Eagle Strike Mao Zhiwang

Henderson, and I—and went on the locomotive. Edison ran

2023-12-04 18:49:32source:xsn

"You do not know what it is," he wrote, "to spend a whole day holding one's head and squeezing one's brains to find a word. Ideas flow with you freely and continually, like a stream. With me they come like trickling water, and it is only by a huge work of art that I can get a waterfall. Ah, I have had some experience of the terrible torture of style!" No, George Sand certainly had no experience of this kind, and she could not even conceive of such torture. It amazed her to hear of such painful labour, for, personally, she let the wind play on her "old harp" just as it listed.

Henderson, and I—and went on the locomotive. Edison ran

Briefly, she considered that her friend was the victim of a hopeless error. He took literature for the essential thing, but there was something before all literature, and that something was life. "The Holy of Holies, as you call literature, is only secondary to me in life. I have always loved some one better than it, and my family better than that some one."

Henderson, and I—and went on the locomotive. Edison ran

This, then, was the keynote of the argument. George Sand considered that life is not only a pretext for literature, but that literature should always refer to life and should be regulated by life, as by a model which takes the precedence of it and goes far beyond it. This, too, is our opinion.

Henderson, and I—and went on the locomotive. Edison ran

The state of mind which can be read between the lines in George Sand's letters to Flaubert is serenity, and this is also the characteristic of her work during the last period of her life. Her "last style" is that of _Jean de la Rocke_, published in 1860. A young nobleman, Jean de la Roche, loses his heart to the exquisite Love Butler. She returns his affection, but the jealousy of a young brother obliges them to separate. In order to be near the woman he loves, Jean de la Roche disguises himself as a guide, and accompanies the whole family in an excursion through the Auvergne mountains. A young nobleman as a guide is by no means an ordinary thing, but in love affairs such disguises are admitted. Lovers in the writings of Marivaux took the parts of servants, and in former days no one was surprised to meet with princes in disguise on the high-roads.

George Sand's masterpiece of this kind is undoubtedly _Le Marquis de Villemer_, published in 1861. A provincial _chateau_, an old aristocratic woman, sceptical and indulgent, two brothers capable of being rivals without ceasing to be friends, a young girl of noble birth, but poor, calumny being spread abroad, but quickly repudiated, some wonderful pages of description, and some elegant, sinuous conversations. All this has a certain charm. The poor girl marries the Marquis in the end. This, too, is a return to former days, to the days when kings married shepherdesses. The pleasure that we have in reading such novels is very much like that which we used to feel on hearing fairy-stories.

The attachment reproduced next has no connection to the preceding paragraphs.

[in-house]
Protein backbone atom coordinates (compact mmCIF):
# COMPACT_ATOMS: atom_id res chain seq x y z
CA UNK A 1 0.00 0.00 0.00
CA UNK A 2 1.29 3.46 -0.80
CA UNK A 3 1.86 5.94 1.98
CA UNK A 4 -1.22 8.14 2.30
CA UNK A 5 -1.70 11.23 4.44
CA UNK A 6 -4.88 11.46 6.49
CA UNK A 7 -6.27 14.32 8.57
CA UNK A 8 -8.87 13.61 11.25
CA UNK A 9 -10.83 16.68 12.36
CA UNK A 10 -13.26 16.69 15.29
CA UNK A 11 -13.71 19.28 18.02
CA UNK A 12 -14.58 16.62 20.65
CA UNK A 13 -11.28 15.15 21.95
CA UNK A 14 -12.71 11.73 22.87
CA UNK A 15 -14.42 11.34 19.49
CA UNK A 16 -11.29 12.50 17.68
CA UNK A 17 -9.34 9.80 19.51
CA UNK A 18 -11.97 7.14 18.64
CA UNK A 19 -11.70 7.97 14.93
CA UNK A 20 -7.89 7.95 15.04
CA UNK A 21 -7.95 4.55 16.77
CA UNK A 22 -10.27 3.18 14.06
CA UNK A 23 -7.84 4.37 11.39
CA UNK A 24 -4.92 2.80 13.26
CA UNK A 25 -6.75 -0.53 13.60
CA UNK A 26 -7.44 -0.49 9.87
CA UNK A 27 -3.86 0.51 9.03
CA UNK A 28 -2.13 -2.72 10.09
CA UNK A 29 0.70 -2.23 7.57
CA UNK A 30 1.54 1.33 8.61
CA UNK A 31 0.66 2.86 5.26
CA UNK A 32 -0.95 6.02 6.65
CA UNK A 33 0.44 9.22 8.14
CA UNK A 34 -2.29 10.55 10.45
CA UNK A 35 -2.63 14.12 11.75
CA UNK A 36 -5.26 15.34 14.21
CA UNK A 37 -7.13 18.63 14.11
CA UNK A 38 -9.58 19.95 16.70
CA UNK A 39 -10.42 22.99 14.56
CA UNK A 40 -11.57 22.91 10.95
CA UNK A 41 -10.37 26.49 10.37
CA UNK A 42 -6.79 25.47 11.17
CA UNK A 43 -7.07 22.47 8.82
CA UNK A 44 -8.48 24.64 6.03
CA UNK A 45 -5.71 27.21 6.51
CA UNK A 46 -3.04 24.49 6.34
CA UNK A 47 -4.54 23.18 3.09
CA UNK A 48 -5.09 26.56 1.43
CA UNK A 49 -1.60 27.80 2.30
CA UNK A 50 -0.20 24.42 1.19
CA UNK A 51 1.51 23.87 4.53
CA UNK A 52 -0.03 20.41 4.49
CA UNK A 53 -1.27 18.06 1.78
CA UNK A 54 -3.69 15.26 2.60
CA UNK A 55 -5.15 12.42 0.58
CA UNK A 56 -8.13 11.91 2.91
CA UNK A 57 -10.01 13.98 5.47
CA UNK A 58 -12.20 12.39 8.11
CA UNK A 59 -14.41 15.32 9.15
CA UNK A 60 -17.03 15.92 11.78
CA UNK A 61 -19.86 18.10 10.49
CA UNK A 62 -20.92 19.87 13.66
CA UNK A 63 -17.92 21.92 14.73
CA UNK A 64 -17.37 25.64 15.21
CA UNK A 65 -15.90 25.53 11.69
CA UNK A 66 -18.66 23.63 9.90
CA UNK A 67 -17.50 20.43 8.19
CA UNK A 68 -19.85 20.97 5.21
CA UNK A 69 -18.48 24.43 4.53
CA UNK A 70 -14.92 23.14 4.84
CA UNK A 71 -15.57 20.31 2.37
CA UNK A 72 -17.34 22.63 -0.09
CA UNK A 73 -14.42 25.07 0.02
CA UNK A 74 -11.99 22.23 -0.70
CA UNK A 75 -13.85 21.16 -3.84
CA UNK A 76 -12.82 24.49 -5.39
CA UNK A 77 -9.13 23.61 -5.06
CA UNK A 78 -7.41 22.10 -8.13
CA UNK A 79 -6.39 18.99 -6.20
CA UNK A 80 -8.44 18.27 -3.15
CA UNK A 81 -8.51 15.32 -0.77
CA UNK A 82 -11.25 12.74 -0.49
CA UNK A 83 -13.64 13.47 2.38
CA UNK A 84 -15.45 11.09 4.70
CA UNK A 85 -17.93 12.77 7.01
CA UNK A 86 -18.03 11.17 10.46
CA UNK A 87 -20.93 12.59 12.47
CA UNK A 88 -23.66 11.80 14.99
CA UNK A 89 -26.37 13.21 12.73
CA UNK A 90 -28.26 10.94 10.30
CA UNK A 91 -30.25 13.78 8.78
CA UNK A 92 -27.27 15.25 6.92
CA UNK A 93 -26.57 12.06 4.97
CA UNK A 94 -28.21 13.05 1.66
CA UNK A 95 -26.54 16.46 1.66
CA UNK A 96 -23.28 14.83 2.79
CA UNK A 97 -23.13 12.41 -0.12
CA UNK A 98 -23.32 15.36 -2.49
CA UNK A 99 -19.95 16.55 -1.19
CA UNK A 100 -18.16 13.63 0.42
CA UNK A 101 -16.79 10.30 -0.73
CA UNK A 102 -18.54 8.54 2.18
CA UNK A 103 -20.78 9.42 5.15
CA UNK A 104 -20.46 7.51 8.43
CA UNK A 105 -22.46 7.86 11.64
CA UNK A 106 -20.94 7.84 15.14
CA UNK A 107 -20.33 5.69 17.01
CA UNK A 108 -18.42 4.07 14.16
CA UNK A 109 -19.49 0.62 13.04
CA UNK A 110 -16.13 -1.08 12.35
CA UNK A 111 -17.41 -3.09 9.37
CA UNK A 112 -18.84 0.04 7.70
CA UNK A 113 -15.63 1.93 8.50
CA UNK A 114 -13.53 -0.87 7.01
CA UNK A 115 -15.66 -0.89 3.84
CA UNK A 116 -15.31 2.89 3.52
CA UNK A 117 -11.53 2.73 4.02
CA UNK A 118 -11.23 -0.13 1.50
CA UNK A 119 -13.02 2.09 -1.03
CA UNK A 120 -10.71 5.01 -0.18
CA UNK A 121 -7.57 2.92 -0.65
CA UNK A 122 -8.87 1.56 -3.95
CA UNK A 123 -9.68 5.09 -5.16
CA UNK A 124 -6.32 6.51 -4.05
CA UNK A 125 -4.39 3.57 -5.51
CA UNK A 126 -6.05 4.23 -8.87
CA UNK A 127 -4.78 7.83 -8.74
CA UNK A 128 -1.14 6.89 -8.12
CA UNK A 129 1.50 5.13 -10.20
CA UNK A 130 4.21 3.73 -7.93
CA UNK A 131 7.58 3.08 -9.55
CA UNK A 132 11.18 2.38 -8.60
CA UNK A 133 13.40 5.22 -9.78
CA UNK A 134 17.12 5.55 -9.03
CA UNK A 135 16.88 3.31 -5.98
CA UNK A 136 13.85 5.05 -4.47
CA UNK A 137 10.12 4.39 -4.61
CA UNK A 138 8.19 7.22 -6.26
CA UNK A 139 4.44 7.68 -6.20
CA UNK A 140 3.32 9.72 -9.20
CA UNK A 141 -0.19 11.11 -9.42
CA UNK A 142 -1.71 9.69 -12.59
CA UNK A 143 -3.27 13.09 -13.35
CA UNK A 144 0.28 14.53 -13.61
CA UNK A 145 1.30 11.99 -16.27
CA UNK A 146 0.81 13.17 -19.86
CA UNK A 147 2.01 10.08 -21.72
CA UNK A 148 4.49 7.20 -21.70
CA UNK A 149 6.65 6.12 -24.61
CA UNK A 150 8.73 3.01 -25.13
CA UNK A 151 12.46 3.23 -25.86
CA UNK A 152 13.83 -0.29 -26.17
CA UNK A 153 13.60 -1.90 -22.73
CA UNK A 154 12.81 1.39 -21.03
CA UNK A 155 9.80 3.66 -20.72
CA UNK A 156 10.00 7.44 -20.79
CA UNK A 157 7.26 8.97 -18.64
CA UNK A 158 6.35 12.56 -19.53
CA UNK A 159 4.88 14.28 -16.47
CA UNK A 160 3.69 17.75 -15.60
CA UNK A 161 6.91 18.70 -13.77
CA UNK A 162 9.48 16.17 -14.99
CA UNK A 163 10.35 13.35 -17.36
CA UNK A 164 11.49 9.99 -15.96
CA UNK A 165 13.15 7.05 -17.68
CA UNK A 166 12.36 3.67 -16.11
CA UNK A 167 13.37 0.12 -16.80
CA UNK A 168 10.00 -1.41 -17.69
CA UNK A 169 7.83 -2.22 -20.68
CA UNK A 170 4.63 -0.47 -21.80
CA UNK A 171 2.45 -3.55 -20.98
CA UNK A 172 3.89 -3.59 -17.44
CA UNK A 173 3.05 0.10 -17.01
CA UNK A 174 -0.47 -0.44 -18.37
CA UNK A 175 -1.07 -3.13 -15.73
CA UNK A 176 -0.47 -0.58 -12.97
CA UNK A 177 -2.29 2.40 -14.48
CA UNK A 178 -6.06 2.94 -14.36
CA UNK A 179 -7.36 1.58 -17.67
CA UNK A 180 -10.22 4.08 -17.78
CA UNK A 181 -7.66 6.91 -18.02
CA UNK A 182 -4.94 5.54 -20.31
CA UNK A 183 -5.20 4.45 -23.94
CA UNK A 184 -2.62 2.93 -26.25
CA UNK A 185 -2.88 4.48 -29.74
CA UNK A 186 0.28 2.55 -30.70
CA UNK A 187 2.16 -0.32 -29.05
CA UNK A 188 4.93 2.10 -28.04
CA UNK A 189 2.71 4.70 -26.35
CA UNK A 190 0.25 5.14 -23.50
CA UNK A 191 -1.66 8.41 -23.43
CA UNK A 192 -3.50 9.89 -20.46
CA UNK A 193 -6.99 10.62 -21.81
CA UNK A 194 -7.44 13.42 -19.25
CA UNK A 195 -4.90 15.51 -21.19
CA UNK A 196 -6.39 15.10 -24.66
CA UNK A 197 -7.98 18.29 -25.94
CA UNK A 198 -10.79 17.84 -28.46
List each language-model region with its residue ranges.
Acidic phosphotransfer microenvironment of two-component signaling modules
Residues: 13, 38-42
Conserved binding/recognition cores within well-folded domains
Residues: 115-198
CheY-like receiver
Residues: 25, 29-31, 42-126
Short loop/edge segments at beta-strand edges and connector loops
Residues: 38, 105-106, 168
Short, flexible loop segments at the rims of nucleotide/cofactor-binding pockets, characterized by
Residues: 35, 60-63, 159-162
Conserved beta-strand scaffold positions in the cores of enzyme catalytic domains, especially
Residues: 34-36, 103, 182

"If some one were to tell me the story of _Peau d'Ane_, I should be delighted," confessed La Fontaine, and surely it would be bad form to be more difficult and over-nice than he was. Big children as we are, we need stories which give food to our imagination, after being disappointed by the realities of life. This is perhaps the very object of the novel. Romance is not necessarily an exaggerated aspiration towards imaginary things. It is something else too. It is the revolt of the soul which is oppressed by the yoke of Nature. It is the expression of that tendency within us towards a freedom which is impossible, but of which we nevertheless dream. An iron law presides over our destiny. Around us and within us, the series of causes and effects continues to unwind its hard chain. Every single one of our deeds bears its consequence, and this goes on to eternity. Every fault of ours will bring its chastisement. Every weakness will have to be made good. There is not a moment of oblivion, not an instant when we may cease to be on our guard. Romantic illusion is, then, just an attempt to escape, at least in imagination, from the tyranny of universal order.

It is impossible, in this volume, to consider all George Sand's works. Some of her others are charming, but the whole series would perhaps appear somewhat monotonous. There is, however, one novel of this epoch to which we must call attention, as it is like a

burst of thunder during calm weather. It also reveals an aspect of George Sand's ideas which should not be passed over lightly. This book was perhaps the only one George Sand wrote under the influence of anger. We refer to _Mademoiselle La Quintinie_. Octave Feuillet had just published his _Histoire de Sibylle_, and this book made George Sand furiously angry. We are at a loss to comprehend her indignation. Feuillet's novel is very graceful and quite inoffensive. Sibylle is a fanciful young person, who from her earliest childhood dreams of impossible things. She wants her grandfather to get a star for her, and another time she wants to ride on the swan's back as it swims in the pool. When she is being prepared for her first communion, she has doubts about the truth of the Christian religion, but one night, during a storm, the priest of the place springs into a boat and goes to the rescue of some sailors in peril. All the difficulties of theological interpretations are at once dispelled for her. A young man falls in love with her, but on discovering that he is not a believer she endeavours to convert him, and goes moonlight walks with him. Moonlight is sometimes dangerous for young girls, and, after one of these sentimental and theological strolls, she has a mysterious ailment. . . .